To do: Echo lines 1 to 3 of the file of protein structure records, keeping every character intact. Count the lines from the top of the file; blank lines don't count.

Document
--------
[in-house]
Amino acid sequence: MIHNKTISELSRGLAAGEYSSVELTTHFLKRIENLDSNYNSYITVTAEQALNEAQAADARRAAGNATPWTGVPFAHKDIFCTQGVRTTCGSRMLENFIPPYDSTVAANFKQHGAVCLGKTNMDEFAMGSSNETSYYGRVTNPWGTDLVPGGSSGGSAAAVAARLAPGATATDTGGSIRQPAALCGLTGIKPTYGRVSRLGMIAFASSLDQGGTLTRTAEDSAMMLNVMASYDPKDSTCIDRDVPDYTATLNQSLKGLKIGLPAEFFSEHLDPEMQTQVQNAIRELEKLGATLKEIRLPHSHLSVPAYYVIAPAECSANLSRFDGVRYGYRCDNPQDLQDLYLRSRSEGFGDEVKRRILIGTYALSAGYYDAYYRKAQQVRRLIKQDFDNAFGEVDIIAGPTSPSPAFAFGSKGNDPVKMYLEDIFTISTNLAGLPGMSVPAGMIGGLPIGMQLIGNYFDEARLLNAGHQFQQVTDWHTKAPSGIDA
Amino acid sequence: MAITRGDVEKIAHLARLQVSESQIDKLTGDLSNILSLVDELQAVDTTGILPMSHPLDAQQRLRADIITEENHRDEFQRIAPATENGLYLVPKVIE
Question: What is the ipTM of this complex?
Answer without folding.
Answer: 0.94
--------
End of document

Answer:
[in-house]
Amino acid sequence: MIHNKTISELSRGLAAGEYSSVELTTHFLKRIENLDSNYNSYITVTAEQALNEAQAADARRAAGNATPWTGVPFAHKDIFCTQGVRTTCGSRMLENFIPPYDSTVAANFKQHGAVCLGKTNMDEFAMGSSNETSYYGRVTNPWGTDLVPGGSSGGSAAAVAARLAPGATATDTGGSIRQPAALCGLTGIKPTYGRVSRLGMIAFASSLDQGGTLTRTAEDSAMMLNVMASYDPKDSTCIDRDVPDYTATLNQSLKGLKIGLPAEFFSEHLDPEMQTQVQNAIRELEKLGATLKEIRLPHSHLSVPAYYVIAPAECSANLSRFDGVRYGYRCDNPQDLQDLYLRSRSEGFGDEVKRRILIGTYALSAGYYDAYYRKAQQVRRLIKQDFDNAFGEVDIIAGPTSPSPAFAFGSKGNDPVKMYLEDIFTISTNLAGLPGMSVPAGMIGGLPIGMQLIGNYFDEARLLNAGHQFQQVTDWHTKAPSGIDA
Amino acid sequence: MAITRGDVEKIAHLARLQVSESQIDKLTGDLSNILSLVDELQAVDTTGILPMSHPLDAQQRLRADIITEENHRDEFQRIAPATENGLYLVPKVIE